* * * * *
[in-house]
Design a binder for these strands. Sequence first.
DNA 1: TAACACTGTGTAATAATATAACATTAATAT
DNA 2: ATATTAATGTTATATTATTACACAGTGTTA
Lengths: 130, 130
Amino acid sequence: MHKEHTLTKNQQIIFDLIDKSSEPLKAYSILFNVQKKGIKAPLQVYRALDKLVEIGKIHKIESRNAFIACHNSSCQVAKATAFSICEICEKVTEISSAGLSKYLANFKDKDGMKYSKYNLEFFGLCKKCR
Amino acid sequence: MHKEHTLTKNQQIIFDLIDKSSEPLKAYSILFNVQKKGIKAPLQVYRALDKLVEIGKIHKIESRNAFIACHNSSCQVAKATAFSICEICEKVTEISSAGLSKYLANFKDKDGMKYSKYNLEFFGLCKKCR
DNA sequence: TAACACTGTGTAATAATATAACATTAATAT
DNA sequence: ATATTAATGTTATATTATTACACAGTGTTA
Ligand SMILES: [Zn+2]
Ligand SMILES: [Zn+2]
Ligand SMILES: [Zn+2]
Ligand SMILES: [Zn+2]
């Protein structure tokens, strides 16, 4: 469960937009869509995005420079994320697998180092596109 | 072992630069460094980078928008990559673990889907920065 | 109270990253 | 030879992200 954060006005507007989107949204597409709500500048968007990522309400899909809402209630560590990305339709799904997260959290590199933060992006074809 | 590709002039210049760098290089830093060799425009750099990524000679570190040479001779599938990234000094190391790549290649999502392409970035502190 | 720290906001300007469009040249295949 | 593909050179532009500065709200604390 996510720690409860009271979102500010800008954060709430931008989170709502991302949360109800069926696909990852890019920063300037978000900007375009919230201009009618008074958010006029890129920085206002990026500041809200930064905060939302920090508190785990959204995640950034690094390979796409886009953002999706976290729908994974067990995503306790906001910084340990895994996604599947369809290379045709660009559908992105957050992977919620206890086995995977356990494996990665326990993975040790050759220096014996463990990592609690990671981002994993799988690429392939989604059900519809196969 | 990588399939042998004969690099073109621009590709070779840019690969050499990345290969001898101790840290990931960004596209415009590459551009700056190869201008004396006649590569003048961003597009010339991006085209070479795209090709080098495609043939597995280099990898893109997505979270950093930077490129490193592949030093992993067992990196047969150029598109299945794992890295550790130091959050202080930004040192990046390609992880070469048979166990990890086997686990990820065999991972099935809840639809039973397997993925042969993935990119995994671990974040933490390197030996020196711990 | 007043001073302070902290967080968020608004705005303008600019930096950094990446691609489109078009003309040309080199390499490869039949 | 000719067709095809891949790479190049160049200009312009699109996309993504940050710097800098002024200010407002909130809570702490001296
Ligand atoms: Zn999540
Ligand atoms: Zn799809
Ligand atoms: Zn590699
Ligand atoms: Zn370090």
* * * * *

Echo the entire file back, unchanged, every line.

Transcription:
[in-house]
Design a binder for these strands. Sequence first.
DNA 1: TAACACTGTGTAATAATATAACATTAATAT
DNA 2: ATATTAATGTTATATTATTACACAGTGTTA
Lengths: 130, 130
Amino acid sequence: MHKEHTLTKNQQIIFDLIDKSSEPLKAYSILFNVQKKGIKAPLQVYRALDKLVEIGKIHKIESRNAFIACHNSSCQVAKATAFSICEICEKVTEISSAGLSKYLANFKDKDGMKYSKYNLEFFGLCKKCR
Amino acid sequence: MHKEHTLTKNQQIIFDLIDKSSEPLKAYSILFNVQKKGIKAPLQVYRALDKLVEIGKIHKIESRNAFIACHNSSCQVAKATAFSICEICEKVTEISSAGLSKYLANFKDKDGMKYSKYNLEFFGLCKKCR
DNA sequence: TAACACTGTGTAATAATATAACATTAATAT
DNA sequence: ATATTAATGTTATATTATTACACAGTGTTA
Ligand SMILES: [Zn+2]
Ligand SMILES: [Zn+2]
Ligand SMILES: [Zn+2]
Ligand SMILES: [Zn+2]
């Protein structure tokens, strides 16, 4: 469960937009869509995005420079994320697998180092596109 | 072992630069460094980078928008990559673990889907920065 | 109270990253 | 030879992200 954060006005507007989107949204597409709500500048968007990522309400899909809402209630560590990305339709799904997260959290590199933060992006074809 | 590709002039210049760098290089830093060799425009750099990524000679570190040479001779599938990234000094190391790549290649999502392409970035502190 | 720290906001300007469009040249295949 | 593909050179532009500065709200604390 996510720690409860009271979102500010800008954060709430931008989170709502991302949360109800069926696909990852890019920063300037978000900007375009919230201009009618008074958010006029890129920085206002990026500041809200930064905060939302920090508190785990959204995640950034690094390979796409886009953002999706976290729908994974067990995503306790906001910084340990895994996604599947369809290379045709660009559908992105957050992977919620206890086995995977356990494996990665326990993975040790050759220096014996463990990592609690990671981002994993799988690429392939989604059900519809196969 | 990588399939042998004969690099073109621009590709070779840019690969050499990345290969001898101790840290990931960004596209415009590459551009700056190869201008004396006649590569003048961003597009010339991006085209070479795209090709080098495609043939597995280099990898893109997505979270950093930077490129490193592949030093992993067992990196047969150029598109299945794992890295550790130091959050202080930004040192990046390609992880070469048979166990990890086997686990990820065999991972099935809840639809039973397997993925042969993935990119995994671990974040933490390197030996020196711990 | 007043001073302070902290967080968020608004705005303008600019930096950094990446691609489109078009003309040309080199390499490869039949 | 000719067709095809891949790479190049160049200009312009699109996309993504940050710097800098002024200010407002909130809570702490001296
Ligand atoms: Zn999540
Ligand atoms: Zn799809
Ligand atoms: Zn590699
Ligand atoms: Zn370090």